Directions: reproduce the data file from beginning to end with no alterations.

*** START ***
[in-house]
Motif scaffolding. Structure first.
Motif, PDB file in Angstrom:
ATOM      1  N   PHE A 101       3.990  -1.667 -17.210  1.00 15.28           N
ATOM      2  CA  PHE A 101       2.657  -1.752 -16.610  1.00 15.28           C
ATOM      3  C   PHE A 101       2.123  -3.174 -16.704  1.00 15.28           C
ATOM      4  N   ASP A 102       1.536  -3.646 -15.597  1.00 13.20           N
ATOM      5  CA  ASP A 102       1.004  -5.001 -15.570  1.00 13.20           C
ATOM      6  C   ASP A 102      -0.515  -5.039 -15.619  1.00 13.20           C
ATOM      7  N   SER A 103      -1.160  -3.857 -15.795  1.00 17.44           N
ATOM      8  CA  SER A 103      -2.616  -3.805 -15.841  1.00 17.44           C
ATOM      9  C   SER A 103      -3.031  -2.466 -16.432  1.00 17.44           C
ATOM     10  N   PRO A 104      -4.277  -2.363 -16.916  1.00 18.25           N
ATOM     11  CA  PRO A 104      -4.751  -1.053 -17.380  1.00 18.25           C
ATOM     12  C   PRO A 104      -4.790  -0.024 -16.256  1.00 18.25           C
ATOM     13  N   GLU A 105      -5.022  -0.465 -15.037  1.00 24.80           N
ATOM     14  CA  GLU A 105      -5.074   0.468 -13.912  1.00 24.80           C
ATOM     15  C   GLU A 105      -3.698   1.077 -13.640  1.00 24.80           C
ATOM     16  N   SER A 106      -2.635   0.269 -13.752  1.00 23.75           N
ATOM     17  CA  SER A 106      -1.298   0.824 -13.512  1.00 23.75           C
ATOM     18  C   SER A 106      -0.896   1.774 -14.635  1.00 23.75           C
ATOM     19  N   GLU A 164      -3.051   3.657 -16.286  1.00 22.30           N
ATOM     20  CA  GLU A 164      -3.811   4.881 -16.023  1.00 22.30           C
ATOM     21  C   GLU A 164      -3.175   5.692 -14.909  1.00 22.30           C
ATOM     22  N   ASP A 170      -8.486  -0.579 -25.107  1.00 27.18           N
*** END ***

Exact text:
[in-house]
Motif scaffolding. Structure first.
Motif, PDB file in Angstrom:
ATOM      1  N   PHE A 101       3.990  -1.667 -17.210  1.00 15.28           N
ATOM      2  CA  PHE A 101       2.657  -1.752 -16.610  1.00 15.28           C
ATOM      3  C   PHE A 101       2.123  -3.174 -16.704  1.00 15.28           C
ATOM      4  N   ASP A 102       1.536  -3.646 -15.597  1.00 13.20           N
ATOM      5  CA  ASP A 102       1.004  -5.001 -15.570  1.00 13.20           C
ATOM      6  C   ASP A 102      -0.515  -5.039 -15.619  1.00 13.20           C
ATOM      7  N   SER A 103      -1.160  -3.857 -15.795  1.00 17.44           N
ATOM      8  CA  SER A 103      -2.616  -3.805 -15.841  1.00 17.44           C
ATOM      9  C   SER A 103      -3.031  -2.466 -16.432  1.00 17.44           C
ATOM     10  N   PRO A 104      -4.277  -2.363 -16.916  1.00 18.25           N
ATOM     11  CA  PRO A 104      -4.751  -1.053 -17.380  1.00 18.25           C
ATOM     12  C   PRO A 104      -4.790  -0.024 -16.256  1.00 18.25           C
ATOM     13  N   GLU A 105      -5.022  -0.465 -15.037  1.00 24.80           N
ATOM     14  CA  GLU A 105      -5.074   0.468 -13.912  1.00 24.80           C
ATOM     15  C   GLU A 105      -3.698   1.077 -13.640  1.00 24.80           C
ATOM     16  N   SER A 106      -2.635   0.269 -13.752  1.00 23.75           N
ATOM     17  CA  SER A 106      -1.298   0.824 -13.512  1.00 23.75           C
ATOM     18  C   SER A 106      -0.896   1.774 -14.635  1.00 23.75           C
ATOM     19  N   GLU A 164      -3.051   3.657 -16.286  1.00 22.30           N
ATOM     20  CA  GLU A 164      -3.811   4.881 -16.023  1.00 22.30           C
ATOM     21  C   GLU A 164      -3.175   5.692 -14.909  1.00 22.30           C
ATOM     22  N   ASP A 170      -8.486  -0.579 -25.107  1.00 27.18           N